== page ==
Challenges of Obesity
Physical Challenges & Obesity
Obesity & Health
When considering the challenges overweight and obese people face it is vital to recognize that many challenges overweight and obese people manage are reversible or preventable. You might already understand why it is important to regulate your bodyweight. If you do not regulate and control your bodyweight you may lead yourself down a path to greater risks for many illnesses, diseases, and disorders, specifically associated with being overweight or obese. Leading health risks including type 2 diabetes, hypertension, high cholesterol, stroke, cancer, and heart disease, among many other disorders, complicate overall health and well-being of obese people who are already attempting to manage their health, fitness, and bodyweight. Setting aside disorders and illness as a result, or complicated by obesity, it might surprise you to know just how physically challenging a day in the life of an obese person really can be.
As an exercise professional I am deeply in-touch with the needs and challenges of my clients, colleagues, friends, and family. People who are not obese may not consider many of the challenges obese people manage daily. I, among many of the folks with whom I work and interact daily, think about and work together with others worldwide to develop solutions for overweight and obese people. As it has been said long before my time, the mother of invention is necessity. My goal in writing this page is to illuminate some of the challenges obese people face and manage daily. As a result of understanding many of these challenges, and learning about many more from our readers, clients, friends, and colleagues, we can gain a better appreciation for the needs of people managing obesity everywhere. And, we can work together to find real solutions.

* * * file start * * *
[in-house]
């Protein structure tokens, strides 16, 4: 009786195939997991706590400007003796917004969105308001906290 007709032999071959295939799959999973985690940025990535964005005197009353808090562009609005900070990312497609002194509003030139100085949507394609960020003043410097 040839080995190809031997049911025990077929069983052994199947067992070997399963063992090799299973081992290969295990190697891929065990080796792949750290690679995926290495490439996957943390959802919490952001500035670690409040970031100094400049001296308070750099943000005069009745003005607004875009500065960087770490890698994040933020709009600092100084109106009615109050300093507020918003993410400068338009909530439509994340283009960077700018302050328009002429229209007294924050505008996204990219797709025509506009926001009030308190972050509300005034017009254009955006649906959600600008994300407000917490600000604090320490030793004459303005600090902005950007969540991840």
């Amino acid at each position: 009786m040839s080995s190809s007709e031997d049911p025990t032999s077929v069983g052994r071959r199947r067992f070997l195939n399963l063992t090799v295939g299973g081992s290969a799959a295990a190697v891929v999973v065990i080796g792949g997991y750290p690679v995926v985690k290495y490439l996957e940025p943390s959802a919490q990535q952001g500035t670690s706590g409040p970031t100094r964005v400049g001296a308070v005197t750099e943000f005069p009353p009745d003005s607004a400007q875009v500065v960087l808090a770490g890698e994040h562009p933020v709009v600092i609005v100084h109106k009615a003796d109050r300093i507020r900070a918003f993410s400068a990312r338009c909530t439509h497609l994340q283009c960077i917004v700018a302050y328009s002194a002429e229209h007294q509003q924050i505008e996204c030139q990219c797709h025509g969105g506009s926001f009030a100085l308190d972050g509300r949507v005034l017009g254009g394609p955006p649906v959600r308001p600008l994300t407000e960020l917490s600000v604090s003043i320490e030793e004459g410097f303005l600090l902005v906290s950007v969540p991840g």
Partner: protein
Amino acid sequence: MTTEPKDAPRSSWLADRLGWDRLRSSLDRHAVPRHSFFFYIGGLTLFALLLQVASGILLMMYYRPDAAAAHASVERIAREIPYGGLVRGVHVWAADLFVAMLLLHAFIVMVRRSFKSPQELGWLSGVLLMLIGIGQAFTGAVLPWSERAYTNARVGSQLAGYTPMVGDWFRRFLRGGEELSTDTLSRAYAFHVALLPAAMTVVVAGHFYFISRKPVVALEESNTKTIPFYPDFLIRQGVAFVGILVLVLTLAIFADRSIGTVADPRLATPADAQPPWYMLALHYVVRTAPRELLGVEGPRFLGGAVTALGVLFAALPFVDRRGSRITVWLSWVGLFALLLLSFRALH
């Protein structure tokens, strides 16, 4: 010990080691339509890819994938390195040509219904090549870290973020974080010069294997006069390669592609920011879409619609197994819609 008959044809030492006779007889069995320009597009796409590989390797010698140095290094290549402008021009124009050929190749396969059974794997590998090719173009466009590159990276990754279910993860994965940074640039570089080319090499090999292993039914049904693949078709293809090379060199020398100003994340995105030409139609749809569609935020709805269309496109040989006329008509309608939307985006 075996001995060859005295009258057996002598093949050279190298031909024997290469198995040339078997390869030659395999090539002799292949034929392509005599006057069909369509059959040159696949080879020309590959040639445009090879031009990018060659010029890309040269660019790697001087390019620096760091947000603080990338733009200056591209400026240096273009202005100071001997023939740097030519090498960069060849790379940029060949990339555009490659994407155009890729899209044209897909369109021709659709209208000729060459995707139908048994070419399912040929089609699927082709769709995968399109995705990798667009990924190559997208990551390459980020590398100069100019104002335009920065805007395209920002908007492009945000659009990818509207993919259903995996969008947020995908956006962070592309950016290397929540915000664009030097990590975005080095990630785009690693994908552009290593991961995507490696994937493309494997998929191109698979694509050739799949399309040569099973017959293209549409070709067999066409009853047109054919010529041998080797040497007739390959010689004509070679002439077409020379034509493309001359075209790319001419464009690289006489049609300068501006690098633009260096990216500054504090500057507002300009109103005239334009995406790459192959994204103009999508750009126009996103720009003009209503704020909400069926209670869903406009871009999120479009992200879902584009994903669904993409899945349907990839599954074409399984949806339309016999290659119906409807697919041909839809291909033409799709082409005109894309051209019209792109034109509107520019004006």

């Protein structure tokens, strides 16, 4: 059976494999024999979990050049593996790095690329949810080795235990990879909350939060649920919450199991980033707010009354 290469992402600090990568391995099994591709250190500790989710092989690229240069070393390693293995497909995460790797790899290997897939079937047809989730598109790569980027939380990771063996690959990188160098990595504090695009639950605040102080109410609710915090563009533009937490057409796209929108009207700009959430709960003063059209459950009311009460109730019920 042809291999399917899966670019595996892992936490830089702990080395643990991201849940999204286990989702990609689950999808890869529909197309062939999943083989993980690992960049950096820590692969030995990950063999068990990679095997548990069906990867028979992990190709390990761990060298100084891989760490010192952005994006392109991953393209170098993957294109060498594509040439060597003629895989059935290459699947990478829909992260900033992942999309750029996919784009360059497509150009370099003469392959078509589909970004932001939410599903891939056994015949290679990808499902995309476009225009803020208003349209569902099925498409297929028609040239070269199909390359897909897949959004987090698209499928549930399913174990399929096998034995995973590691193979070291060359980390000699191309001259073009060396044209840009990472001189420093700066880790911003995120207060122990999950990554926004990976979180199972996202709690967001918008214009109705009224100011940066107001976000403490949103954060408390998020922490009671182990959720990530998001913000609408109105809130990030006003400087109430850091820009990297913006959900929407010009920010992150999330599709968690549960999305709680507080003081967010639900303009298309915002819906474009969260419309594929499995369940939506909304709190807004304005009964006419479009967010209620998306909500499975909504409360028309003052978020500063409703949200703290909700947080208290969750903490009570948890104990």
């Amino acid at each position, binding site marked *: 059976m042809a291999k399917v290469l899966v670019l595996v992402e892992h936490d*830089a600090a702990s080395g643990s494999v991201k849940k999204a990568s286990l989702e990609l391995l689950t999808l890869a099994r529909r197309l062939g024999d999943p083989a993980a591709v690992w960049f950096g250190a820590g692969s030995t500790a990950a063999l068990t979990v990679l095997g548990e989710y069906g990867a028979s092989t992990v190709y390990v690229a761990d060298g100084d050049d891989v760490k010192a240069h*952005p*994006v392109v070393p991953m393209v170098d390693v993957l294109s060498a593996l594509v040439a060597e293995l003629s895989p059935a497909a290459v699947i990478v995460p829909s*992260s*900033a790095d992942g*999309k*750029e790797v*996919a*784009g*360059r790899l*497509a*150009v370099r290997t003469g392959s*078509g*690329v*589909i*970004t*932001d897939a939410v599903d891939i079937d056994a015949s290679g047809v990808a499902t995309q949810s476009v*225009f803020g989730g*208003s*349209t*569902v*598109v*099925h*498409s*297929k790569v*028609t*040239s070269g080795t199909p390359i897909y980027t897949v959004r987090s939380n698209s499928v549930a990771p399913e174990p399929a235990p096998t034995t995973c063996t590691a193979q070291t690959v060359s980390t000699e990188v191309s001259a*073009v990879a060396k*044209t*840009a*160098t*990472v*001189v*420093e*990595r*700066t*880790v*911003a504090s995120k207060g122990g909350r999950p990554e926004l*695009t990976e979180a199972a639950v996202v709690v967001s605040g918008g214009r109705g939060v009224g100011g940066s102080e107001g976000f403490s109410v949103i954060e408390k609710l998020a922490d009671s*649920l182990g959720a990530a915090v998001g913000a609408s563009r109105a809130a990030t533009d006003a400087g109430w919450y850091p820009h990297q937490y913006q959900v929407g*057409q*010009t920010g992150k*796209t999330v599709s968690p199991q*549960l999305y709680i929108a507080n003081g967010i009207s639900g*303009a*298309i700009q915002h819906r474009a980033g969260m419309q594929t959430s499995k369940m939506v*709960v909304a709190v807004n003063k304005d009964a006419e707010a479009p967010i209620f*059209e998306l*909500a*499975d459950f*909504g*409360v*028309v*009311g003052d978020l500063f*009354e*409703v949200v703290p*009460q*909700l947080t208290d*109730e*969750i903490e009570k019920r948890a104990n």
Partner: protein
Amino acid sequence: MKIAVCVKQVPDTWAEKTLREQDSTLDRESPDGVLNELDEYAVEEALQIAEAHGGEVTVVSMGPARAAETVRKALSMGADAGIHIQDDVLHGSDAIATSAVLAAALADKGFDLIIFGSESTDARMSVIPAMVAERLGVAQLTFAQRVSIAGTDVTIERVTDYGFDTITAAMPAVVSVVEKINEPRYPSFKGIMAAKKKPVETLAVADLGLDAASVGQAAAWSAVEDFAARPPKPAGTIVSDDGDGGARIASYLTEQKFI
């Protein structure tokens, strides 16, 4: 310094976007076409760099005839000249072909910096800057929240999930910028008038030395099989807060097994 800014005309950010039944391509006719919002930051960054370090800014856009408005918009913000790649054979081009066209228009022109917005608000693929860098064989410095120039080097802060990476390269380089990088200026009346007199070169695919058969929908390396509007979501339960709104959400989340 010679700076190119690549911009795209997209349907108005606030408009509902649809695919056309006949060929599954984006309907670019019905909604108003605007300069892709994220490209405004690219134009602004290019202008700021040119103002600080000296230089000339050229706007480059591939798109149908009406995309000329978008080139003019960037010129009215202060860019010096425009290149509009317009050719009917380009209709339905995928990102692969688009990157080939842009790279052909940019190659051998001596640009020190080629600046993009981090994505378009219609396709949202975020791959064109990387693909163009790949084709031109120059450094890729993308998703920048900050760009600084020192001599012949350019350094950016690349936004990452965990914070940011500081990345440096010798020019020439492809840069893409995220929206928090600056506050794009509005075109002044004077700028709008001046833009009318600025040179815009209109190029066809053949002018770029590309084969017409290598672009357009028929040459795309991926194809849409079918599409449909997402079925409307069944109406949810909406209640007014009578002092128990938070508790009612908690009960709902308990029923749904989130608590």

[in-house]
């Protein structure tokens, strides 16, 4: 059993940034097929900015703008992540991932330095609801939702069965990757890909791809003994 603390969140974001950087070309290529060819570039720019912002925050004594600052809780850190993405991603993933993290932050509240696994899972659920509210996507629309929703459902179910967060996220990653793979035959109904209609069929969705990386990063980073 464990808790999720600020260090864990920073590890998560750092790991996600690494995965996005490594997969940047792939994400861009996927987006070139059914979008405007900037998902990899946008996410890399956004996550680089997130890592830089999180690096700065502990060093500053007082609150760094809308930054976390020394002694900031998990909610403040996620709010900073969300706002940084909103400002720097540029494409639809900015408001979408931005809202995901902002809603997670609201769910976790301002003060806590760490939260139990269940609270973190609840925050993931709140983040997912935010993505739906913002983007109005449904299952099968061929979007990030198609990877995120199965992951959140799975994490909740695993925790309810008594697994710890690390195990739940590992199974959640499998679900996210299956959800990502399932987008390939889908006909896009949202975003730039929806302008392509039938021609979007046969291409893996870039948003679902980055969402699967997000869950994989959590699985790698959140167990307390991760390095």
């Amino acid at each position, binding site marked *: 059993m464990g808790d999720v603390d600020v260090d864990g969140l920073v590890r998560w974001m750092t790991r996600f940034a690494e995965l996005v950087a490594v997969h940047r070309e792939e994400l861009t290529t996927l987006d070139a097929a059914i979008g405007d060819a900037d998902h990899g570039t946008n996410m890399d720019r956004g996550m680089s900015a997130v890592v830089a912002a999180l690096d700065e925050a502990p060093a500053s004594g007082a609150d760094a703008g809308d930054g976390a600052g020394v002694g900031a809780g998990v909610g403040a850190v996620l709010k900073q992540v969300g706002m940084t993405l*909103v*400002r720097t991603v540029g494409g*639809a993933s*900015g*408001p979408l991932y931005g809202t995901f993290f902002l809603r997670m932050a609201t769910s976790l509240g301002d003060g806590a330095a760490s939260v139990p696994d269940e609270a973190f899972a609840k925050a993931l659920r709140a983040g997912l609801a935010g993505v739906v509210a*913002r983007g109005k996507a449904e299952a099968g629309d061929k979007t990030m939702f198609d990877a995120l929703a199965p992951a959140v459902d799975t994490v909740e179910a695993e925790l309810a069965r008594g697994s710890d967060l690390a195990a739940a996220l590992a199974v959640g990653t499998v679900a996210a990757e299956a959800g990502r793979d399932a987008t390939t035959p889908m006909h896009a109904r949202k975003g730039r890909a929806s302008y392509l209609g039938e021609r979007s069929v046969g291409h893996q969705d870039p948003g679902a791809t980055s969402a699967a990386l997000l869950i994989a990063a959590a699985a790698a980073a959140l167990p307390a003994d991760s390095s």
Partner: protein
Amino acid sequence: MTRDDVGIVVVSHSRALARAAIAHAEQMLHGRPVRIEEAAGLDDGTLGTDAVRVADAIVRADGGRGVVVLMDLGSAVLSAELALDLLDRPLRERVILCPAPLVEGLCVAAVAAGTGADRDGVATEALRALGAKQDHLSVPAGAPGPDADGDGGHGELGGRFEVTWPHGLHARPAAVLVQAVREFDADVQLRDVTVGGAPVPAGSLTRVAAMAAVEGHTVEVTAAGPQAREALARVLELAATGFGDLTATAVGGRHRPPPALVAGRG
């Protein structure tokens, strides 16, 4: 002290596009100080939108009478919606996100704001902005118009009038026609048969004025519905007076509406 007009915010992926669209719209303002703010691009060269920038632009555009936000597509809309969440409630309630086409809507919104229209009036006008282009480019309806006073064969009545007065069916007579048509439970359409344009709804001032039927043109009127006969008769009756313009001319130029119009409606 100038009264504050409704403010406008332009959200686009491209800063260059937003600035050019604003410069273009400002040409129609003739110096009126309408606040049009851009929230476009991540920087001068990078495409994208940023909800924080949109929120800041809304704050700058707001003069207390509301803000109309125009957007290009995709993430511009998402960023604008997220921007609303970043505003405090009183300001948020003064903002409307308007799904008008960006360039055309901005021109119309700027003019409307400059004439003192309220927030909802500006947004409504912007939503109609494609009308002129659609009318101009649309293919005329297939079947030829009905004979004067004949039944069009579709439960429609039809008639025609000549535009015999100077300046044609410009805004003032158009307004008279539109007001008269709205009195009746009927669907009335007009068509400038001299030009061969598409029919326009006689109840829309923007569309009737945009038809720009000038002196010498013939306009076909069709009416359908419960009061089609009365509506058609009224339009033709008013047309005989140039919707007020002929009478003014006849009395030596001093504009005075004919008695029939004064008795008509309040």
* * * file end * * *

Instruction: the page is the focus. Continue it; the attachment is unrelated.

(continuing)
What challenges to obese people manage daily? Think about small tasks. Think about functional mobility. When you get out of bed in the morning, is it a challenge? Many obese people either cannot get out of bed without unusual strain or help from others, take a great deal of time and effort to simply sit up and stand, risk falling, or even worse cannot leave the confinement of their bed. Are you balanced when walking? People who are excessively overweight or obese can have a very difficult time balancing while standing or walking as excessive body weight negatively affects balance. Morbidly obese people, critically morbidly obese people, and overweight or obese people share some level of the challenge described. When you use your bathroom, groom, shower, simply get ready for work, is it a physical challenge? Overweight, obese, morbidly obese and critically morbidly obese people can find these tasks very difficult to accomplish or may not be able to accomplish these tasks without special equipment, modified living spaces, a specially modified or constructed bath facility and, or, toilet. Many obese people of any level simply are confined to their bed to bathe or complete simple tasks many people who are not obese or overweight do not recognize as daily challenges. When you tie your shoes, walk, get into or out of a vehicle, go grocery shopping, or visit your doctor — is it a physical challenge to complete the task? Think about quality of life and personal behaviors and tasks, is your personal relationship with your partner a challenge? Obese, morbidly obese, or critically morbidly obese people may not be functionally mobile, able to move with ease, experience intimacy, or physically connect with others. What emotional toll do you think this might create? Are our quality of life behaviors directly linked to our interactions with others, and ability to connect with others physically, emotionally, and socially? If these physical and emotional experiences are significantly restricted, do you think quality of life suffers? I think you have a clear picture of what it is like to manage everyday living for people who are significantly overweight, obese or morbidly obese.